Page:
There are four houses to see on this tour – all gems and remarkable examples of 18th century architecture in Virginia, each in a different way. The tour headquarters is also historic. Rappahannock Christian Church, 339 Dunnsville Road, is one of the oldest Disciples of Christ churches in the country. Don’t miss Ben Lomond, built in 1730. This brick two story Georgian has a cemetery with revolutionary and Civil War soldiers. Riverside, the second house on the tour, was built in 1900 and has been altered 11 times. It is a fantastic blend of old and new. Aspen Grove dates back to 1710 and has an addition that was dismantled and moved from Sperryville. The Dunn family built Rose Hill in 1790 and lived there for almost 200 years. This two story frame house was renovated in 1960 and 1993.
What to expect on the tour:
- Ticket prices range from $25-$45 and are available on line at https://www.vagardenweek.org
- Each tour has a headquarters where you can buy tickets on tour day, use the restroom, and get refreshments.
- This is a walking tour so wear comfortable shoes
- Parking is limited and some tours will use shuttles
- The tour takes place rain or shine
- No indoor photography is allowed
- No public restrooms at the houses
- There are usually about 4 or 5 houses on each tour – it will take a few hours to do them all.
How did Garden Week get started?
It all started with a flower show in 1927 that was organized to raise money to save trees that Thomas Jefferson planted at Monticello. In the years following the Garden Club of Virginia began house tours of historic homes and it has grown every year. Proceeds from early tours were used to restore the gardens at Kenmore in Fredericksburg and Stratford Hall in Westmoreland County. More recently, proceeds have been used for improvements at Historic Christ Church, Belle Isle and Westmoreland State Parks, as well as many, many other projects around the state.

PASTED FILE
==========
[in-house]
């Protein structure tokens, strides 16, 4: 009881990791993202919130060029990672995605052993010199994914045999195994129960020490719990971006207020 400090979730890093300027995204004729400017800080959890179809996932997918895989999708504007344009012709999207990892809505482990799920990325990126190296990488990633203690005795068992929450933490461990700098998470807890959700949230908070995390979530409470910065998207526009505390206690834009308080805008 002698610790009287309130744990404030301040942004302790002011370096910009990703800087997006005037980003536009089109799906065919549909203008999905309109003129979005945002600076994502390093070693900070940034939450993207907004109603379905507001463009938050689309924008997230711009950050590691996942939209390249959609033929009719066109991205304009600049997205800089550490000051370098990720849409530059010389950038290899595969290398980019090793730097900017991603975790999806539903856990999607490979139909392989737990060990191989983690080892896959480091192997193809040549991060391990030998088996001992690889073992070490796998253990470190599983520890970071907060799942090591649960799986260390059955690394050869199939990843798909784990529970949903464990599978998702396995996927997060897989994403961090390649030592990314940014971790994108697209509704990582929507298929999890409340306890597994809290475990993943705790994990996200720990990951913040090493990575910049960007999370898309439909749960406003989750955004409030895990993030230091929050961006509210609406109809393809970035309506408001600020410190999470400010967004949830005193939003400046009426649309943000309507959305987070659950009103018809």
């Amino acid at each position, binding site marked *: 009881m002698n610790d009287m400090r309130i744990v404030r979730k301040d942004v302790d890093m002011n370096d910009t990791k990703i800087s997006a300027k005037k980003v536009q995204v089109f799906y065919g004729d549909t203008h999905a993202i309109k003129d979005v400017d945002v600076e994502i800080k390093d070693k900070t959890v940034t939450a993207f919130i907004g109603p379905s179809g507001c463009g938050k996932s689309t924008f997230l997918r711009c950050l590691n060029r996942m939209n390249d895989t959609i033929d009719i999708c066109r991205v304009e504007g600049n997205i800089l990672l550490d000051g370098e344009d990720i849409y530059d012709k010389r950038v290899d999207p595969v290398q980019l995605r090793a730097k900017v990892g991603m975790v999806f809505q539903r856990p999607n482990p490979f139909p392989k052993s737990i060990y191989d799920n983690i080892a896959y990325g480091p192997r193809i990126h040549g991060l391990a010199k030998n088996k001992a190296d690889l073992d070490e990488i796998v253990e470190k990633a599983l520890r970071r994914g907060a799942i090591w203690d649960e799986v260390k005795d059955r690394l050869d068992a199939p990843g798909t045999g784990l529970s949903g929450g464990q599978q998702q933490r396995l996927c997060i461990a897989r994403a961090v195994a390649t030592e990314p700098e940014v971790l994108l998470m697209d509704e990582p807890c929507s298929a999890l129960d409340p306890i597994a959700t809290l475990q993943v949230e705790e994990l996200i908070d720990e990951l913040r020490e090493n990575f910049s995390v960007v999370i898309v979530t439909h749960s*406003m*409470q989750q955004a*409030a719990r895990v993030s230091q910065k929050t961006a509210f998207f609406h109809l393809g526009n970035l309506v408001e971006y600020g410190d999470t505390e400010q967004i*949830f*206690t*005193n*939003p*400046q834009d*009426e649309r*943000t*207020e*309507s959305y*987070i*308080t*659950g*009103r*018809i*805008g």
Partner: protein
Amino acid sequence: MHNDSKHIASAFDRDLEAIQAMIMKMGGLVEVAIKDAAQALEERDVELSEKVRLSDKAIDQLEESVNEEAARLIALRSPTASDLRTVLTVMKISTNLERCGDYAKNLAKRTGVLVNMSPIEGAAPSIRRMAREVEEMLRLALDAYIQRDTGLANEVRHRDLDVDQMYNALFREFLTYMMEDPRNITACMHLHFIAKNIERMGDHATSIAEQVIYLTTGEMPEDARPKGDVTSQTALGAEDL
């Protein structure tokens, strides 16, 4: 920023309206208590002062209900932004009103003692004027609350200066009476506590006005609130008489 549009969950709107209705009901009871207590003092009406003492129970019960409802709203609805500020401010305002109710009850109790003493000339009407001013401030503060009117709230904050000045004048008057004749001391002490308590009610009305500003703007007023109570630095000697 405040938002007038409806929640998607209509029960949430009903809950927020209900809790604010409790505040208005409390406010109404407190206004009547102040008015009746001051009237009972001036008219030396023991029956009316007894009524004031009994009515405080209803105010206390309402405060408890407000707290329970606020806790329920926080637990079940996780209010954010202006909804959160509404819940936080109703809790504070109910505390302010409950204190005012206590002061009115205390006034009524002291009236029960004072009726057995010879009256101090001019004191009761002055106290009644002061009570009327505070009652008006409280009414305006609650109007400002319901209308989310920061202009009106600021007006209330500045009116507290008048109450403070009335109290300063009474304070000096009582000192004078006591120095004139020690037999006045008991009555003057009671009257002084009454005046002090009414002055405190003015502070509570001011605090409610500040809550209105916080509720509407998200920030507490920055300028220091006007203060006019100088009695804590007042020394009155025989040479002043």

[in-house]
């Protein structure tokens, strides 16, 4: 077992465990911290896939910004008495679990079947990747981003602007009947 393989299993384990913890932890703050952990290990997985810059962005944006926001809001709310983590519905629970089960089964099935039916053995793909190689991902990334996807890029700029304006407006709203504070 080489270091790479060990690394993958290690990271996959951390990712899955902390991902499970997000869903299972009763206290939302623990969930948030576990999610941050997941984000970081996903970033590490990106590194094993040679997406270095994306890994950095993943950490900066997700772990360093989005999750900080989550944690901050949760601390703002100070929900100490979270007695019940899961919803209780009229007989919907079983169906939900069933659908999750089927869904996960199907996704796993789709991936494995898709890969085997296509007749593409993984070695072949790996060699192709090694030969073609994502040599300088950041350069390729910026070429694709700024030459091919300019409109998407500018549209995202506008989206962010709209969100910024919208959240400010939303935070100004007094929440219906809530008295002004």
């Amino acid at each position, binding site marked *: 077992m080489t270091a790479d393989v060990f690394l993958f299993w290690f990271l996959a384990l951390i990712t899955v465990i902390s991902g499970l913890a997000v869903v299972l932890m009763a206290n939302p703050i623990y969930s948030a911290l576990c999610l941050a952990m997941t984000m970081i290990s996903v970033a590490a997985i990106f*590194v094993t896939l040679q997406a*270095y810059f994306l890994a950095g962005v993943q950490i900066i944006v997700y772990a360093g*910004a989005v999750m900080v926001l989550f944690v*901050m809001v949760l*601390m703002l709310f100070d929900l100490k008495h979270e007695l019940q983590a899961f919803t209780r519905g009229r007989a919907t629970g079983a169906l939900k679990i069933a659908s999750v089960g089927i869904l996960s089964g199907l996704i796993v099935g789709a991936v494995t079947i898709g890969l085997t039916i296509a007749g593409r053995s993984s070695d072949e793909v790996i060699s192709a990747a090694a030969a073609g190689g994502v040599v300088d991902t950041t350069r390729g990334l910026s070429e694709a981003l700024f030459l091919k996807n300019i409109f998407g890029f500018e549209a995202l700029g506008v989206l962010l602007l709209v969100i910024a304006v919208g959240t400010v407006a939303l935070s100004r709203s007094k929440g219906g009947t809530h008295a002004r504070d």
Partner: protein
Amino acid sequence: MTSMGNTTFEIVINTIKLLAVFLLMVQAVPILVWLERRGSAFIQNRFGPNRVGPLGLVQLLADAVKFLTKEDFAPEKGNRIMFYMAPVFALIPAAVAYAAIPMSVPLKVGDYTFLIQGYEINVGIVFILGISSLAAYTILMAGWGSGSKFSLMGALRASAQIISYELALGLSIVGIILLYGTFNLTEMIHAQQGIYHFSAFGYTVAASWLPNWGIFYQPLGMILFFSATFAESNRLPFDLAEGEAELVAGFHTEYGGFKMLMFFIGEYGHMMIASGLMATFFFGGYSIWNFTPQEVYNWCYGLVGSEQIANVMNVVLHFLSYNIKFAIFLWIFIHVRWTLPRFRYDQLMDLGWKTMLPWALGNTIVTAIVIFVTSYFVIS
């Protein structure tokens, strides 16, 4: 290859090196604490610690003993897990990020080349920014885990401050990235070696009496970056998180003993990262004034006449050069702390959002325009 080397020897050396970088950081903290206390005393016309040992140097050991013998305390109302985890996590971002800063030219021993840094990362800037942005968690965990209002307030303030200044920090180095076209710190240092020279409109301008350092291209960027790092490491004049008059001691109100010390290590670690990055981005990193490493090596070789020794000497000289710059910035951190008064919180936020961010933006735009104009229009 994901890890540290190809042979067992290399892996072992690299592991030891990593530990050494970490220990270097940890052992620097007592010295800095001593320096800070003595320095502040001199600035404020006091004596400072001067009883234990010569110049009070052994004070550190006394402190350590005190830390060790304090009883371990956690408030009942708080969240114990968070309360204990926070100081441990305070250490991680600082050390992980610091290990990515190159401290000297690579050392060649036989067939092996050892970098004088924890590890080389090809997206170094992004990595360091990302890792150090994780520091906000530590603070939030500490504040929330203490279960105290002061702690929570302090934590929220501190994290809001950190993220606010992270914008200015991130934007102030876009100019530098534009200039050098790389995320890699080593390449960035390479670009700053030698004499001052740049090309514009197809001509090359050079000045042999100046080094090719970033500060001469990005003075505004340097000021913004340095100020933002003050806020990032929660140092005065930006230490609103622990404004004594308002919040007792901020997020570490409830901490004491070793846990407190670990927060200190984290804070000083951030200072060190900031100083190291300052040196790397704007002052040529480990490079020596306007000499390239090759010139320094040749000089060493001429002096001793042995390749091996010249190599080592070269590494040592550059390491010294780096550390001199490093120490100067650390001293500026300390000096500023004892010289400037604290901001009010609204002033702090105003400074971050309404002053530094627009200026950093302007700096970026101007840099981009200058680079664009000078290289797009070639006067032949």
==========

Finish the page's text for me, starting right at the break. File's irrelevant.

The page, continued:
Garden Week helps our local economy:
Today, there are 47 associated clubs participating throughout the state to raise money for The Garden Club of Virginia. A 2014 economic impact study showed that 30,000 visitors attended tours in 31 different areas of Virginia. They spend over $2 million each spring bringing in tax revenues of almost $200,000. Even more impressive is the tally for the planning: It’s estimated that member clubs and homeowners spend over $4 million and 65,000 hours preparing for Garden Week! That’s a lot of work behind the scenes!
Something for Everyone
Flowers, cookies, design, and history. What’s not to love! There is something for everyone. I hope you have a chance to visit many of the homes on these wonderful tours!
About The Author:
Johanna Carrington is an artist based in the Northern Neck. She and her husband are originally from Richmond and have three college age kids. In 1997 they began looking for property where they could dock their beloved old Cheoy Lee sailboat, but they never dreamed that they’d end up living their full time. After 10 years of spending just weekends and summers on the water, Johanna and her family decided to leave Richmond and move to their old cottage on Dymer Creek as full-time residents. They enjoy every minute of life in the Northern Neck and are constantly learning more about the history and new things happening!
A graduate from UVA with a degree in Architectural History and VCU in Interior Design, Johanna worked as an interior designer and in her own small floral design business before taking up painting full time. She began painting while in college and continued to paint at the Virginia Museum Studio School and various workshops. She has painted in a regular group with Richmond artists for many years, and she paints almost daily in her studio at home. Her art can be found on her website: https://johannacarringtonart.com/